Drivers quick to blame others

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The Independent Online
Threequarters of all drivers involved in road accidents believe that their crash was someone else's fault, according to new research by the AA.

Dr Wyn Hughes, who carried out the survey, said that if drivers could recognise their own failings, the number of accidents could be reduced.

Dr Hughes, a transport researcher for Cambridge County Council studied 800 accidents on single carriageway "A" roads in Cambridgeshire.

He found that four out of five drivers involved in the accidents were men, though women make up 37 per cent of all drivers.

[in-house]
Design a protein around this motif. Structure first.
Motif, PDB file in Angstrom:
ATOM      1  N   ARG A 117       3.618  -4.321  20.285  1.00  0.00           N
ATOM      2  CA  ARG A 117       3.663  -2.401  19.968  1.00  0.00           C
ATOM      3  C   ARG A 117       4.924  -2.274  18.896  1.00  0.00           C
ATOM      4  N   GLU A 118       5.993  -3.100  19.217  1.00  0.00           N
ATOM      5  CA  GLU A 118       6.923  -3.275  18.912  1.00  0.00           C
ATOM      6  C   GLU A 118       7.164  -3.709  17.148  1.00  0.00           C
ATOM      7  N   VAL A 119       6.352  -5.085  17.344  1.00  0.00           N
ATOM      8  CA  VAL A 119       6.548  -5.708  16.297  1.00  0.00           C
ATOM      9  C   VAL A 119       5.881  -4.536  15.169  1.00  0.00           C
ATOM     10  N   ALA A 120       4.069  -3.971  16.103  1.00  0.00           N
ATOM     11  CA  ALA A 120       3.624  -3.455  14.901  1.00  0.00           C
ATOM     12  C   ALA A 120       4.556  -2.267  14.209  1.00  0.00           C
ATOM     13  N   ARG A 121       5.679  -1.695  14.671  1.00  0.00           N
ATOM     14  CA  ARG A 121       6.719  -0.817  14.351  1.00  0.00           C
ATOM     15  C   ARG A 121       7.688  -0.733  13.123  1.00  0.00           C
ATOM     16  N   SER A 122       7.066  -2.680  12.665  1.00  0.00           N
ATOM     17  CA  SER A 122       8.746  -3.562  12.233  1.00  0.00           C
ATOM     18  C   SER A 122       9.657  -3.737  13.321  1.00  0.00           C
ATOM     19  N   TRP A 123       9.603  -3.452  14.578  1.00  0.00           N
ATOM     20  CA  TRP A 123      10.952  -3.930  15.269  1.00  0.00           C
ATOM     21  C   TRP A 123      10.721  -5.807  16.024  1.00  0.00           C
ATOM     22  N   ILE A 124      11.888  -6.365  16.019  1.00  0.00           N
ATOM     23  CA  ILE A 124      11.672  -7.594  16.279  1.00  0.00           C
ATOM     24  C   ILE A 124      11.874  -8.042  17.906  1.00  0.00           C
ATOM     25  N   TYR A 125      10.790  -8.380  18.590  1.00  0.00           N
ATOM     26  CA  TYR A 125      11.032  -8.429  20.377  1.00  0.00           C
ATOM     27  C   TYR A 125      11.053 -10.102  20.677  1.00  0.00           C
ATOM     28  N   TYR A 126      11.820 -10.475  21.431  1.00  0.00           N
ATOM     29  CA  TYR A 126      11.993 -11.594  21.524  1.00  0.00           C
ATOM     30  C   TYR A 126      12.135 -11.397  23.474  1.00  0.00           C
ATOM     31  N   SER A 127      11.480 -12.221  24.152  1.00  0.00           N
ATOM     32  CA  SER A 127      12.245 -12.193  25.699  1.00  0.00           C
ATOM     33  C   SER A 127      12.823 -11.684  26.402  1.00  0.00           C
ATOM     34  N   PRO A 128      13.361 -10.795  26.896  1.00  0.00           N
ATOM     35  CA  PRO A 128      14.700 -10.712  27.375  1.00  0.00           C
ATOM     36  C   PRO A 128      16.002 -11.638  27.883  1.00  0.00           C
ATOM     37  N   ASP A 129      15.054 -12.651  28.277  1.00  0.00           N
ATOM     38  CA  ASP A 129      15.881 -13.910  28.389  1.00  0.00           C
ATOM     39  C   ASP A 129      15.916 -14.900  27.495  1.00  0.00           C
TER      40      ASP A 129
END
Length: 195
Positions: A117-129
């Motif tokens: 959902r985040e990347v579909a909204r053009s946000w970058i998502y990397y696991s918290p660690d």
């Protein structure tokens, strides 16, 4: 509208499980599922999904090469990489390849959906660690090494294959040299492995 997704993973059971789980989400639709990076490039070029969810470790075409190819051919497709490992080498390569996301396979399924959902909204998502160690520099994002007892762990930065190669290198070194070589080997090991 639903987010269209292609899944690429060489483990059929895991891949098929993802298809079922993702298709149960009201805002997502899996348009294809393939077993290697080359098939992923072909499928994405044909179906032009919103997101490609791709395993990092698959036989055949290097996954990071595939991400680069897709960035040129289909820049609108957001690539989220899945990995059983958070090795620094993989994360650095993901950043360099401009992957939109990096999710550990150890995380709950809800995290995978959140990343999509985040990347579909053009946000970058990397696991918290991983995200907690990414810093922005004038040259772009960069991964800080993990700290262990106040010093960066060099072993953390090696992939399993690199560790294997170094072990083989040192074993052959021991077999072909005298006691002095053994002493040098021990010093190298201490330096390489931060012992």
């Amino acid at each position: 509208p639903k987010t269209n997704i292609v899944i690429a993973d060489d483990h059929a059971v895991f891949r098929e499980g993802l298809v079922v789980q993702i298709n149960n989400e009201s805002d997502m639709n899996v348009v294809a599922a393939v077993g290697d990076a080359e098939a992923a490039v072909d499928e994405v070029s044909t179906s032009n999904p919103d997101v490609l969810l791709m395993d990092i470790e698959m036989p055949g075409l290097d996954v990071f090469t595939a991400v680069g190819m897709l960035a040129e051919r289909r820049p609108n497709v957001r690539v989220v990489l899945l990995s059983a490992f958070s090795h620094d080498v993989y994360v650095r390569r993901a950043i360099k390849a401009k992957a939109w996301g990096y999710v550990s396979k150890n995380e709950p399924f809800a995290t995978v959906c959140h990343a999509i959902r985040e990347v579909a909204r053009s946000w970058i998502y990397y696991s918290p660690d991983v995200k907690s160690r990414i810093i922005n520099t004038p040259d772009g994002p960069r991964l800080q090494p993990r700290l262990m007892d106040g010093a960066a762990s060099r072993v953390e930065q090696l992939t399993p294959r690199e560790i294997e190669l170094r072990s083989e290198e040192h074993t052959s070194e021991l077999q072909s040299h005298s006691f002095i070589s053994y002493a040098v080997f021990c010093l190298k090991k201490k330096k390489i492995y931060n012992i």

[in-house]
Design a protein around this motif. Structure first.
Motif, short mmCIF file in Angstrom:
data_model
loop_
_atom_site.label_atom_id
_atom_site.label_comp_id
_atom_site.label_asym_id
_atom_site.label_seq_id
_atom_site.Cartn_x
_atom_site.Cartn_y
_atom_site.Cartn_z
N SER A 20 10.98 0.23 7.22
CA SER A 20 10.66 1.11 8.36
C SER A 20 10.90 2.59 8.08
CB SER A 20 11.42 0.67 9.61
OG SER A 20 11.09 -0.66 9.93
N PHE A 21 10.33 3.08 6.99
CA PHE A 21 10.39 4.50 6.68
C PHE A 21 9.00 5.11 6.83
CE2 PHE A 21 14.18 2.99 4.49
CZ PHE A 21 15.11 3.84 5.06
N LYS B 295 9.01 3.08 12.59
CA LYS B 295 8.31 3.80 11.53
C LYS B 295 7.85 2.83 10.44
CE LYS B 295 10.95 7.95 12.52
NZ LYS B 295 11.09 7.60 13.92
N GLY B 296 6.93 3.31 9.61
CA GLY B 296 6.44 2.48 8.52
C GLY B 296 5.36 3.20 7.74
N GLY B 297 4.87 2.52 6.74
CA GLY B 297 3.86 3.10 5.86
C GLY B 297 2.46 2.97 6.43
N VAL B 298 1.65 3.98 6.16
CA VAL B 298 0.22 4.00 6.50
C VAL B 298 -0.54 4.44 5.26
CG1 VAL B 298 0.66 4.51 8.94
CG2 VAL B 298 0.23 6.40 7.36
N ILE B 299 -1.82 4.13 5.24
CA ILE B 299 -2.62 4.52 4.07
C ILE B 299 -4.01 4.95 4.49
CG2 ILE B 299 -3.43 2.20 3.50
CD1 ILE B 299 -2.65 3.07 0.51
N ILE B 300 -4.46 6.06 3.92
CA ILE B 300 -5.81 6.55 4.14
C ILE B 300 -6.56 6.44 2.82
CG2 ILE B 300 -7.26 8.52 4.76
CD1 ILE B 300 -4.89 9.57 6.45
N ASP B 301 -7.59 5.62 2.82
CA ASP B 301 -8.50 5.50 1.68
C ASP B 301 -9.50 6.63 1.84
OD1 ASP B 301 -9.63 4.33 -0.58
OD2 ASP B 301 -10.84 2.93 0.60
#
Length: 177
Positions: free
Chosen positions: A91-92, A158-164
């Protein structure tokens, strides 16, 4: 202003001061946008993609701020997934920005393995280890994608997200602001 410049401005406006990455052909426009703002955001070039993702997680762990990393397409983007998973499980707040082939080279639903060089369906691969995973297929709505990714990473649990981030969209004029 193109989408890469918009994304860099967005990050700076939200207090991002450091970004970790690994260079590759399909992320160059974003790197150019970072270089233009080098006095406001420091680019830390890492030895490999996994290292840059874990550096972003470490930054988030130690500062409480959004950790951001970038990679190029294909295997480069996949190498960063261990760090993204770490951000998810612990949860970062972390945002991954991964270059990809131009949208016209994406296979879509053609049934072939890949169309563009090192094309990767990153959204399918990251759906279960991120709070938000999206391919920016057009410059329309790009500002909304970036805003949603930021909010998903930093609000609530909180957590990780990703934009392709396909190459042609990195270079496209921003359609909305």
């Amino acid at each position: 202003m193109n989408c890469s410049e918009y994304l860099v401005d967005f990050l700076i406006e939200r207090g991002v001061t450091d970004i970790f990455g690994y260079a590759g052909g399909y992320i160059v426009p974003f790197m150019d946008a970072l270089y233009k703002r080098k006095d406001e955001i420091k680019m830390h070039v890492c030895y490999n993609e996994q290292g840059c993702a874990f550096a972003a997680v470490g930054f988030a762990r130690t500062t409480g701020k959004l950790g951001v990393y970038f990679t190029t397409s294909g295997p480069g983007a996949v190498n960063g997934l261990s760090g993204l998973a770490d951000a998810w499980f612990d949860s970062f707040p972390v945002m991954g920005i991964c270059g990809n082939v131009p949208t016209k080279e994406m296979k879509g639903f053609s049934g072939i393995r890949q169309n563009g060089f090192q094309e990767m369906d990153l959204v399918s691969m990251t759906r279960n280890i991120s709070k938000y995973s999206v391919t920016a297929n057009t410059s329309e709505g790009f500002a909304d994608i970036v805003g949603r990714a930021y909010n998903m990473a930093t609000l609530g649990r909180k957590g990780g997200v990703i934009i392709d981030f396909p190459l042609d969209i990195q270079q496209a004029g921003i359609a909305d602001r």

Wide open roads recommended by the Department of Transport were found to be more dangerous than ones where there are bends.

The research suggests that there are 50 per cent more accidents on roads where drivers can see 580 metres ahead - the Department's standard for good visibility.

The studyfound no simple association between traffic density and the accident rate. It also dispelled some myths about driving on country roads.

Tractors and agricultural equipment were rarely found to be the cause of accidents. And all, but 2 per cent of drivers involved in accidents in rural areas were local people familiar with the roads. Indeed, it seems that those who do not know smaller roads so well exercise more caution when using them.